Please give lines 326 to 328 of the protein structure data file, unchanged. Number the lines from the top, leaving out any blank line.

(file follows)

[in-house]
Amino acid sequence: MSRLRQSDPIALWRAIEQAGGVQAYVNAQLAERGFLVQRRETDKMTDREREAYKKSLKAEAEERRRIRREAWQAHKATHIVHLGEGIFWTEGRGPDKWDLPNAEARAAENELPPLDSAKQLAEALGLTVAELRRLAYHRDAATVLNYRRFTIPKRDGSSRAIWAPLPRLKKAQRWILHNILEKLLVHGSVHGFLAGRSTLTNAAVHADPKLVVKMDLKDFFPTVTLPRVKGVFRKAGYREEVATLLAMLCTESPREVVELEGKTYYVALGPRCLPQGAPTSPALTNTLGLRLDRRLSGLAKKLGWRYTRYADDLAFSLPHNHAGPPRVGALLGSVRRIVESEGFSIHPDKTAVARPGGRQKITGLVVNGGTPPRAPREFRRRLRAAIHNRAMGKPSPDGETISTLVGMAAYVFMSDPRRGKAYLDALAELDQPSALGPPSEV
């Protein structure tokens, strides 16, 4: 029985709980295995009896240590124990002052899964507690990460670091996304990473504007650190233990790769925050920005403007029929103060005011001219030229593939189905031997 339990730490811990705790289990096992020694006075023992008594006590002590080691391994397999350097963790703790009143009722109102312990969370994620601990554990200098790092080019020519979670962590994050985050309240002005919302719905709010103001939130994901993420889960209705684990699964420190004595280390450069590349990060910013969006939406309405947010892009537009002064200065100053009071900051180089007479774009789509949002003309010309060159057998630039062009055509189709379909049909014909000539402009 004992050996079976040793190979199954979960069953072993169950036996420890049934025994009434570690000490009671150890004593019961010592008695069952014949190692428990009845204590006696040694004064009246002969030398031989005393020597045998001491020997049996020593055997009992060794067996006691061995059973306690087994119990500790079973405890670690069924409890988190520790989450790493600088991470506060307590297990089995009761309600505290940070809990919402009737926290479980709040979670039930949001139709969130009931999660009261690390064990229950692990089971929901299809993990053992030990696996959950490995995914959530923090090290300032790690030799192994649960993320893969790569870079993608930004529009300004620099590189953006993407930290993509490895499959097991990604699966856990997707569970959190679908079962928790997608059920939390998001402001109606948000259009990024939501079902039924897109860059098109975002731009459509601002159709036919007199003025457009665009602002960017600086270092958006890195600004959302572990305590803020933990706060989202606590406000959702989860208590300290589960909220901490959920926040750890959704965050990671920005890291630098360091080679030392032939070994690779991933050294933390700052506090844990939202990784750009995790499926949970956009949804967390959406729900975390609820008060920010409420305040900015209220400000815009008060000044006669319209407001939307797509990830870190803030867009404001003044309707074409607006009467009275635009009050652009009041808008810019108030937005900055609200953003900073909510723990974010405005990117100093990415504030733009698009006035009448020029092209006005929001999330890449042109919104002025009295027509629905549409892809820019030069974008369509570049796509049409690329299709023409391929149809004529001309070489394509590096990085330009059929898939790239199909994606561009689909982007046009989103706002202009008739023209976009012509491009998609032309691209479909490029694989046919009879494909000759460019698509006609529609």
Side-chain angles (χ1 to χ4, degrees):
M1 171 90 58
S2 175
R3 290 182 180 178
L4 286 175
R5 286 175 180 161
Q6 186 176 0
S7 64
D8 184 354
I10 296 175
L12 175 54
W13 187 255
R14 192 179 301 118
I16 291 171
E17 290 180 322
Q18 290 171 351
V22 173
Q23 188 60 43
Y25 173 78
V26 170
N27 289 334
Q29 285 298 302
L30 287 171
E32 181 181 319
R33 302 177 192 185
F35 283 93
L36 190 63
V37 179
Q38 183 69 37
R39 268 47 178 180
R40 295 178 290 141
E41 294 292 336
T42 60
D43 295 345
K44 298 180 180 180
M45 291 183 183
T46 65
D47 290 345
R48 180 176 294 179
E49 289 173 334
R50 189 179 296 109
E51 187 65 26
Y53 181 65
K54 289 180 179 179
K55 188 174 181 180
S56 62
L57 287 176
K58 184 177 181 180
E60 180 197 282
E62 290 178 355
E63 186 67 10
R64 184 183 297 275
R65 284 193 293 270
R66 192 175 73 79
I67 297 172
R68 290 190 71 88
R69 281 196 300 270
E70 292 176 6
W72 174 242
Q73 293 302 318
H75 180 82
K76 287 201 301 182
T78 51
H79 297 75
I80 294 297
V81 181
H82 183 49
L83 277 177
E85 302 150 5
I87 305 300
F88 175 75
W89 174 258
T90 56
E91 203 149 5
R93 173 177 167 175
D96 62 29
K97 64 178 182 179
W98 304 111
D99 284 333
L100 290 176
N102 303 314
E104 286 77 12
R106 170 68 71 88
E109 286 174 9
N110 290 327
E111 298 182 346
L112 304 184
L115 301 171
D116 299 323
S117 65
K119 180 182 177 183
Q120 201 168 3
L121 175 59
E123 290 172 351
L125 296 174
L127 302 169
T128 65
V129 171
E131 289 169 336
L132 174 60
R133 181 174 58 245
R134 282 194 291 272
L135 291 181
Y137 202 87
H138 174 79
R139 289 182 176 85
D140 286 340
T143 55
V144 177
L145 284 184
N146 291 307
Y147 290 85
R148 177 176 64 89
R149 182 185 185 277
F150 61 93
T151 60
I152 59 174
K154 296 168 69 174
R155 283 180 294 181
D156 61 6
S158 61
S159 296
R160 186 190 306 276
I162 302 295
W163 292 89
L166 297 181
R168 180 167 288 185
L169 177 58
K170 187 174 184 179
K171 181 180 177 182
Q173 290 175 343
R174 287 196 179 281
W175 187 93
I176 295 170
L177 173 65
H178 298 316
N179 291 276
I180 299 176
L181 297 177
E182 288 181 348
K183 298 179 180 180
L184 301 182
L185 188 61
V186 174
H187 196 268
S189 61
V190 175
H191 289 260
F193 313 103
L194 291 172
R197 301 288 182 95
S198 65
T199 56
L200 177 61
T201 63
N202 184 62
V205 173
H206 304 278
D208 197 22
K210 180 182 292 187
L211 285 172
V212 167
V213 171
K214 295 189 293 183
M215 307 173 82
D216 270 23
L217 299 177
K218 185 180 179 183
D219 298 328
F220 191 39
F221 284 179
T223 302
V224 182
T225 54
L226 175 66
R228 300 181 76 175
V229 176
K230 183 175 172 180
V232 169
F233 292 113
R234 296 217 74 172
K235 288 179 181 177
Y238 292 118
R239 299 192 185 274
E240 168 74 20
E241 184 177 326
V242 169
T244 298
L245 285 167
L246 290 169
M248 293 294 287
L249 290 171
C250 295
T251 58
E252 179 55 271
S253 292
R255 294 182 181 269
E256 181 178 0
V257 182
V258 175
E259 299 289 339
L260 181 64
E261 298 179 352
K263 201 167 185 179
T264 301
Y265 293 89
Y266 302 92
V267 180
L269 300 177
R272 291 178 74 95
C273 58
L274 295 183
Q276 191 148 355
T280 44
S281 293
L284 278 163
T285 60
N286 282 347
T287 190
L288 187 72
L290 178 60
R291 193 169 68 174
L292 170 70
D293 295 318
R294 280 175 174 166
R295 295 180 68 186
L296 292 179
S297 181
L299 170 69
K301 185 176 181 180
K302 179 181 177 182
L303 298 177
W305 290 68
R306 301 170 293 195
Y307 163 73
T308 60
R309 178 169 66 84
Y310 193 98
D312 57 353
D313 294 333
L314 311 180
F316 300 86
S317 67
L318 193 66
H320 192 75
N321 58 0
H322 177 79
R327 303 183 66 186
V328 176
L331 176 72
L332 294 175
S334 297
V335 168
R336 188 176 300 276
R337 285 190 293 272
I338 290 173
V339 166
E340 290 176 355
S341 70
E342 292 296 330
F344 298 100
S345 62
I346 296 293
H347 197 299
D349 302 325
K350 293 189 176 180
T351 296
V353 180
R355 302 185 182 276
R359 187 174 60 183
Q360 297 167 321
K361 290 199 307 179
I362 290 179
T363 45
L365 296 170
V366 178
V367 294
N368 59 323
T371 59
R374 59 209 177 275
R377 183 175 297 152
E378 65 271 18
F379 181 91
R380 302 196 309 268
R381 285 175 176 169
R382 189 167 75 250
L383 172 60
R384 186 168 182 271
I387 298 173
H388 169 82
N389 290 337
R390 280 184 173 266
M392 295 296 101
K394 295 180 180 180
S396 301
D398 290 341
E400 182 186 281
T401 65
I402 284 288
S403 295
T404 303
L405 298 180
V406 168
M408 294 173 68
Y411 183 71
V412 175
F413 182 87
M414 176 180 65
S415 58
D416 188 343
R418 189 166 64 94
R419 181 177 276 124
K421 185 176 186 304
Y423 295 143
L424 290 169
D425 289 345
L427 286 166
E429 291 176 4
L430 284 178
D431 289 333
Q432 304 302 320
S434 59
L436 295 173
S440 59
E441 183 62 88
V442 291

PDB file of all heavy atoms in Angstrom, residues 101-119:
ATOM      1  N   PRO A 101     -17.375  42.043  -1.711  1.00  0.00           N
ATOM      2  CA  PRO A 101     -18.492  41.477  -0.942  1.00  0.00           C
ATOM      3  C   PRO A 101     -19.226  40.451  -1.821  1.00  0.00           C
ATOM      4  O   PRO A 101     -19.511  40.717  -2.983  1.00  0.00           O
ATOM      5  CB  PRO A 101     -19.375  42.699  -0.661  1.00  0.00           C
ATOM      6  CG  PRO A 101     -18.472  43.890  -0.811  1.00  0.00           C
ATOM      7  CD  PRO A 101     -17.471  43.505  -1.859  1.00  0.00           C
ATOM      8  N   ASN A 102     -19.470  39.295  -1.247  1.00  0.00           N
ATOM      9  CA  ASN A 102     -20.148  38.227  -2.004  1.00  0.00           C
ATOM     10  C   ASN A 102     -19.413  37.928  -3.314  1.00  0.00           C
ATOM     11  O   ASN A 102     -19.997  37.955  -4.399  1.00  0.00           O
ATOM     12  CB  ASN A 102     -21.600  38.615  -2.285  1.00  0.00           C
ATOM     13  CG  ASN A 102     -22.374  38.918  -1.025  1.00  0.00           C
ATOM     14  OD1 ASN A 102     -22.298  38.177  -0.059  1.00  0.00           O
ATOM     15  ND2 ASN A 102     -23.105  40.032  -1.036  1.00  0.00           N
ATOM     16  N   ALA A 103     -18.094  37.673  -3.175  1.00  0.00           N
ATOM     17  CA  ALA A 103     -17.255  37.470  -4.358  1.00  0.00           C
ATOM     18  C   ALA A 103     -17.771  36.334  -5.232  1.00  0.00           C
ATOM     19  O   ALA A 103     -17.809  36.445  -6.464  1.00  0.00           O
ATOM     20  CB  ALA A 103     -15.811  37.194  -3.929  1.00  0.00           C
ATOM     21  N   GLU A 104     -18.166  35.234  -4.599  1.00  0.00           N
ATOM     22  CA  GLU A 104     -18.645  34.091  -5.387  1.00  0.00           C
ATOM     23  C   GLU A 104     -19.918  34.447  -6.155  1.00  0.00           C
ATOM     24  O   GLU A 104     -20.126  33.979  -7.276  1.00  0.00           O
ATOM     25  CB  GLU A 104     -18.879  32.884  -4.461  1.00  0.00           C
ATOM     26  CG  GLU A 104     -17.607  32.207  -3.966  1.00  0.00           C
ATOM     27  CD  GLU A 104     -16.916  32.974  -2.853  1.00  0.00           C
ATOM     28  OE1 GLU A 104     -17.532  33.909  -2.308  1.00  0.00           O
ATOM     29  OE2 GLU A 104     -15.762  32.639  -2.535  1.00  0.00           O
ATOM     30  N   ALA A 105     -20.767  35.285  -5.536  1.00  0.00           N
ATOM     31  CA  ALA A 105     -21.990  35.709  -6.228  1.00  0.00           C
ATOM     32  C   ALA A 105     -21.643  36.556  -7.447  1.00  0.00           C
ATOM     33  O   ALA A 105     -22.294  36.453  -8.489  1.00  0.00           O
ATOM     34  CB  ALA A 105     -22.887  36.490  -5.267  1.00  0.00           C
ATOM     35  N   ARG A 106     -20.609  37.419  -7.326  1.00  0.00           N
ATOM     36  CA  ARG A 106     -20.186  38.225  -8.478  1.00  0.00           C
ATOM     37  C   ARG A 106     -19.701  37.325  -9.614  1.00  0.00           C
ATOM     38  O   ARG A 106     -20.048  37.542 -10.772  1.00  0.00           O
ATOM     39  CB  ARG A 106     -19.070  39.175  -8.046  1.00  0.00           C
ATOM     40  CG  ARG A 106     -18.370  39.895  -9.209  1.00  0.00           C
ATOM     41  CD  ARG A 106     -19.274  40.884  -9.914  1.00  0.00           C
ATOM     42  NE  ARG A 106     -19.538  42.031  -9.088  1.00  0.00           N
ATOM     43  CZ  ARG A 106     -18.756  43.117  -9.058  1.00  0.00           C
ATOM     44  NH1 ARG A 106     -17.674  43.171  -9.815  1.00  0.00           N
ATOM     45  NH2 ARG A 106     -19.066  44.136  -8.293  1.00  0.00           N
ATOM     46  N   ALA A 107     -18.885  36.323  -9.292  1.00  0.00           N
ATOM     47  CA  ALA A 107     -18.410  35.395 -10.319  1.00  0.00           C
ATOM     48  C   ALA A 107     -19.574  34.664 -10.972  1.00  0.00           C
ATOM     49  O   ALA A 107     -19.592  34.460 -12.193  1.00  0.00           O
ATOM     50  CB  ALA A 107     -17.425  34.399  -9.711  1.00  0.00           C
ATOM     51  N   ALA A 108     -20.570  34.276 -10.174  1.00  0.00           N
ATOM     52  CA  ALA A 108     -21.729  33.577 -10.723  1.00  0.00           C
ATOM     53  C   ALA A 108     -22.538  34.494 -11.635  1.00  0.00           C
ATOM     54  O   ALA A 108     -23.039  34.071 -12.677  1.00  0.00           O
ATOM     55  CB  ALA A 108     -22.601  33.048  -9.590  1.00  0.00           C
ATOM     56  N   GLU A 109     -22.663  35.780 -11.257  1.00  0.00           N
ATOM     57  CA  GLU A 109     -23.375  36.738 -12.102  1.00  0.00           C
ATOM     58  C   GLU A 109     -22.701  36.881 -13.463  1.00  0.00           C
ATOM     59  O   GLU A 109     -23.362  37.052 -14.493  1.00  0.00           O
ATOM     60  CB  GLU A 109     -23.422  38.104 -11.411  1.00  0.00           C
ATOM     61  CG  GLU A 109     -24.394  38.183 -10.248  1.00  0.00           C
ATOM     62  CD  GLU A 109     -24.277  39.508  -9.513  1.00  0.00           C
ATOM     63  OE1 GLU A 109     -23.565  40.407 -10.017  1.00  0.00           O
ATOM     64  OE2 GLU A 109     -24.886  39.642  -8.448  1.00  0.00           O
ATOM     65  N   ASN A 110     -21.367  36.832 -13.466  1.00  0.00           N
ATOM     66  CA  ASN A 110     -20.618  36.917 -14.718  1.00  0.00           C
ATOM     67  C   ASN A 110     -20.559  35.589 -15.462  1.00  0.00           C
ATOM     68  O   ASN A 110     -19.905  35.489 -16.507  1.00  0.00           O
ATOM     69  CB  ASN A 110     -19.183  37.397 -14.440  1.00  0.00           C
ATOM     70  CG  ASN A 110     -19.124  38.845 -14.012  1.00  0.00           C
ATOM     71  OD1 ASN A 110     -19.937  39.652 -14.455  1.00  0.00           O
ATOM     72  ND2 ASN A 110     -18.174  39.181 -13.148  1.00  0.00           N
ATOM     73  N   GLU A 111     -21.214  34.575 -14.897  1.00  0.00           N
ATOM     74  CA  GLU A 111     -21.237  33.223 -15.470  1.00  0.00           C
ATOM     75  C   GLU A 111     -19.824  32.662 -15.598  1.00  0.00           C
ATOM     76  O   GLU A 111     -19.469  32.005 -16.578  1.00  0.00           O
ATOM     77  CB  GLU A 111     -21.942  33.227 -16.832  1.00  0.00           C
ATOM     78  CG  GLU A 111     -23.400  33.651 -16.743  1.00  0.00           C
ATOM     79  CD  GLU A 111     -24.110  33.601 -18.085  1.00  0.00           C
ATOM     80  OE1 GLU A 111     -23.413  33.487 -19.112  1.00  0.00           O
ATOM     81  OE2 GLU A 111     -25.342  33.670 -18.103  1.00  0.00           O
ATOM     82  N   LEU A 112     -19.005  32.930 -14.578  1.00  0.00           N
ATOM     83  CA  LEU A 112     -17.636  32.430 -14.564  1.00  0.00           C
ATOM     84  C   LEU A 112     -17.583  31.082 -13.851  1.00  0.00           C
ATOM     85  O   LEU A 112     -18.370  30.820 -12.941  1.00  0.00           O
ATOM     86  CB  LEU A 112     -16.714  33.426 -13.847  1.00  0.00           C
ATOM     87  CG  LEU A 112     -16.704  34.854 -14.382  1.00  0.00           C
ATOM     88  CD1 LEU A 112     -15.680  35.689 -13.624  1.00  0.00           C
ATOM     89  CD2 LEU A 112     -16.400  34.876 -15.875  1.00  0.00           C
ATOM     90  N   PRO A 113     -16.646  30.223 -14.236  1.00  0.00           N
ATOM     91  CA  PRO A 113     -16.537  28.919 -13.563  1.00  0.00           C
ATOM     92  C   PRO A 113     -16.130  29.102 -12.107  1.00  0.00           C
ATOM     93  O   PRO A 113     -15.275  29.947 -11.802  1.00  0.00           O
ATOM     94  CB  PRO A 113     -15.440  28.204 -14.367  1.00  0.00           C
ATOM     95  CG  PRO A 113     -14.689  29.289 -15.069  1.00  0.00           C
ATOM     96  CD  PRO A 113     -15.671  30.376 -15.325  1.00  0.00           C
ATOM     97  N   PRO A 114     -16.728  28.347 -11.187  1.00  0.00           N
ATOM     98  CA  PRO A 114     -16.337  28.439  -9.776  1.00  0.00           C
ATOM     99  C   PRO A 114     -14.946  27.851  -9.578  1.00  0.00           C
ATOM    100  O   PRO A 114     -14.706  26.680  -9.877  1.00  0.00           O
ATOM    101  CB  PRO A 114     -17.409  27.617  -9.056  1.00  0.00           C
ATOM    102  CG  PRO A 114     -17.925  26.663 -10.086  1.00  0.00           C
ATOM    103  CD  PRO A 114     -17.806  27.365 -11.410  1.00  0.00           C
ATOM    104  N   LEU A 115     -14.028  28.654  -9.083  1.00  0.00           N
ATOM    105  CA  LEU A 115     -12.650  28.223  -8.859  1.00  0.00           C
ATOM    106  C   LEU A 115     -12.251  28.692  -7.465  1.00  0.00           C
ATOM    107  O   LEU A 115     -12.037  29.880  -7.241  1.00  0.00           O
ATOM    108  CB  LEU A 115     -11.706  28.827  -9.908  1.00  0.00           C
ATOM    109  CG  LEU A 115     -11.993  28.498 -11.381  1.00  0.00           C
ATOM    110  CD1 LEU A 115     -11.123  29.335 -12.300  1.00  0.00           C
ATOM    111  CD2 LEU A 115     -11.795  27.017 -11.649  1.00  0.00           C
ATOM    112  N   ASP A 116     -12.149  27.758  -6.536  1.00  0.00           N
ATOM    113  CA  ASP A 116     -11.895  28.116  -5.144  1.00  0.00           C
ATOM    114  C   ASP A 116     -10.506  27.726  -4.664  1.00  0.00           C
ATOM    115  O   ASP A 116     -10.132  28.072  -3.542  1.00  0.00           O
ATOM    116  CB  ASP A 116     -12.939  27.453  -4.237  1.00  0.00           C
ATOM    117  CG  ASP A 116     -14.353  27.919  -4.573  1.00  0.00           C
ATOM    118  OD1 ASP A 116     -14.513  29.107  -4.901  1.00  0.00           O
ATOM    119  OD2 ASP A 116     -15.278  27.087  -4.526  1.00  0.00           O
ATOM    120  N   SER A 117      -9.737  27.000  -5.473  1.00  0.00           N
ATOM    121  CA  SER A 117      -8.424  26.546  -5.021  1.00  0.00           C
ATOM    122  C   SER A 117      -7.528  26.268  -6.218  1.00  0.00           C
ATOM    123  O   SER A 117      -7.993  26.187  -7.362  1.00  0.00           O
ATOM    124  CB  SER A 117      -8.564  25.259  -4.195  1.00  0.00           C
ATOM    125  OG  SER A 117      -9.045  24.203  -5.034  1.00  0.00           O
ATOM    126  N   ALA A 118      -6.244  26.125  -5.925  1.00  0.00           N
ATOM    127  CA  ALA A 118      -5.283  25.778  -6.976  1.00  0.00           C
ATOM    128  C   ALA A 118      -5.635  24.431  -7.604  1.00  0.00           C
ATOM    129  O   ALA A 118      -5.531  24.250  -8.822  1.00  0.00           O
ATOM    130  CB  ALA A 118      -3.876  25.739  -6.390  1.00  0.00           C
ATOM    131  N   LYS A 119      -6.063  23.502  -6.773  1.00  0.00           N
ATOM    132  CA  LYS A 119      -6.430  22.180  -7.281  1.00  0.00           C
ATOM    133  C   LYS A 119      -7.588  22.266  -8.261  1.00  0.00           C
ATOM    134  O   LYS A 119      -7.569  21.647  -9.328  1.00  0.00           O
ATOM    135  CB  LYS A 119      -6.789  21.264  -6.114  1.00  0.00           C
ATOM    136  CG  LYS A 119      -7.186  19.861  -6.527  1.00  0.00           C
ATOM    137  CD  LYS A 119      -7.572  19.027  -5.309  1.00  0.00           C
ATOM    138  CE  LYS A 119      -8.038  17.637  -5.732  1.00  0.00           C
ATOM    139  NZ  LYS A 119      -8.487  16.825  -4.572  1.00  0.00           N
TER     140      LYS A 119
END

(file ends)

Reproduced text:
L436 295 173
S440 59
E441 183 62 88